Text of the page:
Transcendental meditation would be more accessible than any other form of meditation. The reason? It is simple, natural and requires no effort. Nevertheless, it is based on mantras, formulas repeated silently at a sustained rhythm. It is said that these mantras would take away any dispersion of thought and would allow access to a calm close to beatitude. Transcendental meditation is taught by a master Yogi. The ritual is always the same: the sessions last 20 minutes and are practiced twice a day, preferably in the morning when getting up and in the evening before going to bed.

10 minutes of transcendental meditation to relieve you from stress. If you want to start in transcendental meditation, this exercise can prepare you for it: Sit in a quiet place, away from the buzzing and buzzing around you. Close your eyes, relax and breathe naturally, without thinking or trying to concentrate. Don't think about anything and repeat over and over in your mind or out loud a phrase or word that you feel soothing. For example, fullness or I am calm and relaxed. After ten minutes or so, you will feel deeply relaxed and will have the sensation that you have freed yourself from a heavy burden...


Zen meditation to reduce your stress

Also known as Zazen, Zen meditation is directed toward a mind-body entity and invites one to completely empty one's mind, like other types of meditation. Coming from Eastern spiritual traditions, it represents the incarnation of Buddhism via the lotus posture, dear to Buddha. Here, immobility and silence are the order of the day. Discipline and harmony come together to achieve Nirvana.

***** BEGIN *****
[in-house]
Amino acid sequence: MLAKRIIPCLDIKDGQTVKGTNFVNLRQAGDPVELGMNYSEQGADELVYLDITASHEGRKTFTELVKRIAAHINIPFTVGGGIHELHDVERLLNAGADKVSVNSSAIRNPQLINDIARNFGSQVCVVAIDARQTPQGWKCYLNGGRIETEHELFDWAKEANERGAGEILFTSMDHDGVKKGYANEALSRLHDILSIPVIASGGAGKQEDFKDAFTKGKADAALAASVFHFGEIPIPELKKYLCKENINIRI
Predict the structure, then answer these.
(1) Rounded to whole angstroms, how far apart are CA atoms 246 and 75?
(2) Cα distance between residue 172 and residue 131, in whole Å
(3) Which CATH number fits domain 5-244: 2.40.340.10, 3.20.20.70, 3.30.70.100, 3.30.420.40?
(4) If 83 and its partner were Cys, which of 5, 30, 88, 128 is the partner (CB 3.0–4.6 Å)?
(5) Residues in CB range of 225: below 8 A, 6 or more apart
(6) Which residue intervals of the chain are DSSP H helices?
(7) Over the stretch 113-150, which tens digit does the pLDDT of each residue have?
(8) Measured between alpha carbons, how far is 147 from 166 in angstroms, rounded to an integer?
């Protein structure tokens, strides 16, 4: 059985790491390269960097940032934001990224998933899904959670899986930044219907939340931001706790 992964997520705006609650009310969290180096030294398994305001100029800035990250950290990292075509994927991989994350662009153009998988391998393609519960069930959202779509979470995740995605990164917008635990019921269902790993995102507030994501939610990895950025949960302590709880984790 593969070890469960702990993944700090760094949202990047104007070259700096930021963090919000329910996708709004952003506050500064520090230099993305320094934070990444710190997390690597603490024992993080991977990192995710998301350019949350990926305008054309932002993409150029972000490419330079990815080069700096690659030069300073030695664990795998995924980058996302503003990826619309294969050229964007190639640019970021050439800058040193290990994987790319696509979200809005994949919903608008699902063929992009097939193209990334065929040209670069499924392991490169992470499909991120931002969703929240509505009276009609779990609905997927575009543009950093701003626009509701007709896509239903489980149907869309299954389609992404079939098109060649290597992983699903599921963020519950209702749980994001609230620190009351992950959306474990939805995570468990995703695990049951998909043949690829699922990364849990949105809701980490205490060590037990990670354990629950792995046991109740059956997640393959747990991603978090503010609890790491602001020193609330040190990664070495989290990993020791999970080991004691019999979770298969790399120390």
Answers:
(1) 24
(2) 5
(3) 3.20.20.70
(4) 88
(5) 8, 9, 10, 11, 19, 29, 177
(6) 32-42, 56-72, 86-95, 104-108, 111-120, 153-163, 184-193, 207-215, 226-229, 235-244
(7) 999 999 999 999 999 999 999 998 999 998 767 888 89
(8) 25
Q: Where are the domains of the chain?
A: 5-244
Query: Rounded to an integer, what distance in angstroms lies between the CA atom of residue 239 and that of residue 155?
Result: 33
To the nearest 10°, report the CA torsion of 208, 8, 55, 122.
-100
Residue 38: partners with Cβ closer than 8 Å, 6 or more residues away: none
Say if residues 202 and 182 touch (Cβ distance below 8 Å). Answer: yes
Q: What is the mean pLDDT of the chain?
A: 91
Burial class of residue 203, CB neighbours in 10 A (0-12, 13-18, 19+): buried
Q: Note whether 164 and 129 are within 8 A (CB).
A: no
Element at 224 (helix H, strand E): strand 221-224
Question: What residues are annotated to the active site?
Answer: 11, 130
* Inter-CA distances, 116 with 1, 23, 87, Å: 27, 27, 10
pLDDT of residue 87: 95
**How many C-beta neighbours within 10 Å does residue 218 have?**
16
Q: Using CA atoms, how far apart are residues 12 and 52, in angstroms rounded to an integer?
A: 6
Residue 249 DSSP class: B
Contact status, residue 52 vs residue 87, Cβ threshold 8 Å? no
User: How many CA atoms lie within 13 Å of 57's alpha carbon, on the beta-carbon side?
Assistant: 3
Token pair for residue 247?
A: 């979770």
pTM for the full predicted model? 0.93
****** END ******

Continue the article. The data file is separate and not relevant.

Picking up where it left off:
Practicing Zen meditation to free yourself from your anxieties.
Choose a quiet and comfortable place. Sit facing a wall in lotus, or half-lotus (in a suit) on a cushion or carpet. The important thing is to have your knees firmly rooted to the floor. The spine and head should be straight, shoulders relaxed and chin tucked in. The eyes should be half-closed, the left hand resting on the right hand, palms facing the sky. Breathe normally and stay toned but not overly alert. Concentrate on your breathing movements from your lungs to your abdomen. Don't move, don't get distracted and hold for 30 minutes. Your mind will calm down automatically...


Meditation in mindfulness to regain serenity

When stress assails us, we dwell on the past and speculate on the future. But what about the present moment? Mindfulness meditation is about focusing on what is happening in the "here and now. This can be the heartbeat, the sounds around us, the warmth of the sun on our skin, through breathing exercises, but also the thoughts that cross our mind, even the darkest ones. The idea is to observe without judging or trying to change what we feel, but rather to accept with lucidity and benevolence. A "conscious" letting go, which is conducive to releasing stress.

Application of mindfulness meditation, an anti-stress remedy.
When you feel that your head is about to explode and you are on the verge of a nervous breakdown, one solution: walk! But not just any way. Here, we are talking about a meditative walk in mindfulness (or mindfulness mindfulness) to calm your tensions. No matter the place, the goal is to put one foot in front of the other. Observe your gait, your feet treading the ground, your breathing, your arms swaying to the rhythm of your steps... Walk slowly, naturally, without any style effect. Concentrate only on the sensations you feel. If your mind wanders, don't get formalized. Just try to come back to your sensations each time. A guaranteed anti-stress remedy.